HIV and Smoking - A Bad Combination
July 29, 2014
Smoking is among the most prevalent problems affecting HIV-infected patients. CDC estimates that in 2009, 42% of HIV-infected Americans in care smoked cigarettes  one of the highest rates reported for any subgroup. For HIV-infected smokers, antiretroviral therapy shifts the risk of death dramatically away from HIV and towards smoking-related causes [2-4]. The hard-earned life-years gained from effective HIV treatment are squandered on cigarettes and other tobacco products at great personal and societal cost. In this context, smoking cessation should be a priority for HIV-infected persons; in addition to achieving effective antiretroviral therapy, smoking cessation could likely produce the greatest increase in quality and length of life.
With the increased life expectancy for HIV-infected persons now afforded by remarkable advances in care, the need and opportunity to address smoking cessation have grown. The current care model and work force for HIV infection are well suited to address smoking cessation. The frequency of care-related visits creates repeated opportunities to address smoking cessation. HIV specialists have experience administering behavioral interventions such as adherence and risk-reduction counseling, experience that is directly applicable to smoking cessation. For primary care practitioners, who in the changing healthcare landscape are expected to take on more of routine management of HIV infection, smoking cessation is already part of basic good clinical practice. Reassuringly, the pharmacologic interventions available for smoking cessation are generally safe to use with antiretrovirals.
There are multiple resources to help busy clinical practices help their patients quit, including specific handbooks for HIV-infected smokers: HIV & Tobacco Use, produced by the Mountain-Plains AETC (updated March 2014), and HIV Provider Smoking Cessation Handbook, produced by the Veterans Administration, and the Smoking Cessation chapter in the Guide for HIV/AIDS Clinical Care, produced by the Health Resources and Services Administration, HIV/AIDS Bureau and the AETC National Resource Center.
The fundamentals of what we know works in clinical settings are straightforward, and validated in numerous clinic-based trials over decades:
- Ensure that tobacco use status is routinely collected at clinic visits as a “vital sign”.
- Provide brief advice to patients encouraging them to quit, ideally with that advice tailored to their circumstance.
- Determine interest in quitting, and if interested provide assistance either in-office or by referral to community resources. Assistance can include brief counseling and cessation medications. If in-house resources are not available or acceptable consider referring to 1-800-QUITNOW, which provides phone counseling in all 50 states as well as community referrals. If not interested, explore reasons for lack of interest. Regularly remind patients that smoking adds to the harm caused by HIV, undermining the benefits of antiretroviral treatment.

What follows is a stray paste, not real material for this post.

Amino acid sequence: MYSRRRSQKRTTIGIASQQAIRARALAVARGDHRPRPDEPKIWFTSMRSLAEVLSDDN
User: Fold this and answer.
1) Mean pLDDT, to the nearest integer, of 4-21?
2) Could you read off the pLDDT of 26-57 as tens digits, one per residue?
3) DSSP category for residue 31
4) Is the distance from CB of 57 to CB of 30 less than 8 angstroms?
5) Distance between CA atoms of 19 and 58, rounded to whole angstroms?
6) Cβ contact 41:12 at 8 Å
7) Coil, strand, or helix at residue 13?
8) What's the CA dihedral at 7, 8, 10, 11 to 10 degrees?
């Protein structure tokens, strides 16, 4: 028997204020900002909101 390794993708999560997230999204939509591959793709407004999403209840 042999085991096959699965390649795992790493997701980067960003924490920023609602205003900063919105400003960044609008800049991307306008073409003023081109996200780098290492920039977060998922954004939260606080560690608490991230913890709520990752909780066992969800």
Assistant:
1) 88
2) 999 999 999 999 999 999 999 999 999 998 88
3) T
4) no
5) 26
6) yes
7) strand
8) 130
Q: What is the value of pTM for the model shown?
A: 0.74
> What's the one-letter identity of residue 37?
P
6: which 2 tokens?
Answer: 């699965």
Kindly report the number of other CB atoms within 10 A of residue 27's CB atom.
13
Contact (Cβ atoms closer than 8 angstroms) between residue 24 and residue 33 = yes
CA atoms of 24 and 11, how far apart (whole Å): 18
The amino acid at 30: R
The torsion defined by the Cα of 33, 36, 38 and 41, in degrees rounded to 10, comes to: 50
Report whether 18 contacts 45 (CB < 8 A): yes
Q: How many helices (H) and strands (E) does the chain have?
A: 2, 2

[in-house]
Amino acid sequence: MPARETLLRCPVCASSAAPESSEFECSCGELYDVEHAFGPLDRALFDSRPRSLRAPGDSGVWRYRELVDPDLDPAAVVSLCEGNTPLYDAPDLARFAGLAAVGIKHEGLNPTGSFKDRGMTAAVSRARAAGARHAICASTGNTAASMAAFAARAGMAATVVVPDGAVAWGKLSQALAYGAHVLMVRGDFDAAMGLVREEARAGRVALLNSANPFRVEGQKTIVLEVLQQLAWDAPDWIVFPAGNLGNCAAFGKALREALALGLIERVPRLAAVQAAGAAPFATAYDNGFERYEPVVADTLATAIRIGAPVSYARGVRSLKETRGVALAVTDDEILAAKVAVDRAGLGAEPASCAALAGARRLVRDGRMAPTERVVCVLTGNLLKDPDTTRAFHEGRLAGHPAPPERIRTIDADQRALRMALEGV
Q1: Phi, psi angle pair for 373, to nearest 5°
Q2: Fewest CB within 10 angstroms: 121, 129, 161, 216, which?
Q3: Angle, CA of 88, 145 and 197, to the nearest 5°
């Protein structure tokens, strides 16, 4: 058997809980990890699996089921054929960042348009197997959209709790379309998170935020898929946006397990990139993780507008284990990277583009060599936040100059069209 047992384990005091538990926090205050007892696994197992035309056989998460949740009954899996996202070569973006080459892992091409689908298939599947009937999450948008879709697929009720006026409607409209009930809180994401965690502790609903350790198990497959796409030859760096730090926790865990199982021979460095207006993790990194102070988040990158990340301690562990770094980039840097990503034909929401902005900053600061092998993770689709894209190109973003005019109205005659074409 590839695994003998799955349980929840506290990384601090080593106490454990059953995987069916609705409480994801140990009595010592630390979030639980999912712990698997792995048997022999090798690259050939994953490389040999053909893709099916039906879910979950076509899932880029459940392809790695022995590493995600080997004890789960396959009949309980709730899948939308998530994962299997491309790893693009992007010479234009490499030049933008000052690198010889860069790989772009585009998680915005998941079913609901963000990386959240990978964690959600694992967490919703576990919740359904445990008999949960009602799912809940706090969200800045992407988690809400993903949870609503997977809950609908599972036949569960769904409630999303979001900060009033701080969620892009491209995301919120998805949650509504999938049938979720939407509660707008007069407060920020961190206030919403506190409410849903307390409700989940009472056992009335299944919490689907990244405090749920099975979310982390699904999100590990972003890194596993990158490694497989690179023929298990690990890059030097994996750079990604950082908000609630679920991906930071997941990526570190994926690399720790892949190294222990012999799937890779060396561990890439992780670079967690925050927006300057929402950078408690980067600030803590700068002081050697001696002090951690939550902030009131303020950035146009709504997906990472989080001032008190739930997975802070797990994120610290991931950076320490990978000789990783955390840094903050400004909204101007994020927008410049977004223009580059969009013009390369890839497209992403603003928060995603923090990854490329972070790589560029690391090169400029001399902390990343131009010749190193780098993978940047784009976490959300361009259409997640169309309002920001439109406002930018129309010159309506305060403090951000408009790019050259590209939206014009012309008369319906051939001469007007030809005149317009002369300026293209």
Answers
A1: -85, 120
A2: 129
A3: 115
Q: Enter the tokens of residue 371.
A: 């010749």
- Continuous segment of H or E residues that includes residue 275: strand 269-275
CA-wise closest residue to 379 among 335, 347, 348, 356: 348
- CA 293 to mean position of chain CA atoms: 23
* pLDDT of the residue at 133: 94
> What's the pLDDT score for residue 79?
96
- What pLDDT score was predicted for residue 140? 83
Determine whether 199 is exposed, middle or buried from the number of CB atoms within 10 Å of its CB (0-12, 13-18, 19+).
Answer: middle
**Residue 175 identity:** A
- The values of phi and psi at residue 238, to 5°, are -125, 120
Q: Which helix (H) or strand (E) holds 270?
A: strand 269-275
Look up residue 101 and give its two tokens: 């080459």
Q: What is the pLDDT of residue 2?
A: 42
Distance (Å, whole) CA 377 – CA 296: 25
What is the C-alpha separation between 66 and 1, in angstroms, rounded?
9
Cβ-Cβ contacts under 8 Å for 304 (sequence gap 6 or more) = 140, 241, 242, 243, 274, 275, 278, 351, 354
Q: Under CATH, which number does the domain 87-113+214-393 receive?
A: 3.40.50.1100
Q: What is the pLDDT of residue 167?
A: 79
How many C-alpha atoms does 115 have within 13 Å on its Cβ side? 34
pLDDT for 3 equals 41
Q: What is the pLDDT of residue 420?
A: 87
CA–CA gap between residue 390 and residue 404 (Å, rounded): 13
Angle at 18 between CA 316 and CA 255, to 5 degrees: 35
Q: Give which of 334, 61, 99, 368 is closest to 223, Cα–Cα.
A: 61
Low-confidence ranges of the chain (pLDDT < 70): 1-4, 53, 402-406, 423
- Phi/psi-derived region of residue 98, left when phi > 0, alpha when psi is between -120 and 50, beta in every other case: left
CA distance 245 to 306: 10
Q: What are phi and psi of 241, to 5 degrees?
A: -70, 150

- As with other key aspects of HIV treatment, track smoking or quit status at follow-up visits, and provide support based on patient characteristics.
The bad news is that markedly high rates of smoking are a major cause of excess morbidity and mortality in our HIV-infected patients. The good news is that there are straightforward clinical interventions that can help our patients successfully quit if we practice them systematically in the context of delivering care for HIV.
- Mdodo R, Frazier E, Mattson C, Sutton M, T BJ, Skarbinski J. Cigarette smoking among HIV-infected adults: Medical Monitoring Project, US, 2009. In: 20th Conference on Retroviruses and Opportunistic Infections. Atlanta, GA, 2013.
- Lifson AR, Neuhaus J, Arribas JR, et al. Smoking-related health risks among persons with HIV in the Strategies for Management of Antiretroviral Therapy clinical trial. Am J Public Health 2010; 100(10): 1896-903.
- Helleberg M, Afzal S, Kronborg G, et al. Mortality attributable to smoking among HIV-1-infected individuals: a nationwide, population-based cohort study. Clin Infect Dis 2013; 56(5): 727-34.
- Helleberg M, May M, Sterne J, Obel N. Impact of smoking on life expectancy among HIV-infected individuals:tThe ART cohort collaboration. In: 21st Conference on Retroviruses and Opportunistic Infections. Boston, MA, 2014.
This story was summarized from an editorial that appeared in the July 2014 edition of the American Academy of HIV Medicine’s publication HIV Specialist.
Photo credit: HIV Specialist, July 2014 Volume 6 No. 2
About John T. Brooks, MD
U.S. Centers for Disease Control and Prevention
Leader, HIV Epidemiology Research Team
Division of HIV/AIDS Prevention
National Center for HIV/AIDS, Viral Hepatitis, STD and TB Prevention
Office of Infectious Diseases
Centers for Disease Control and Prevention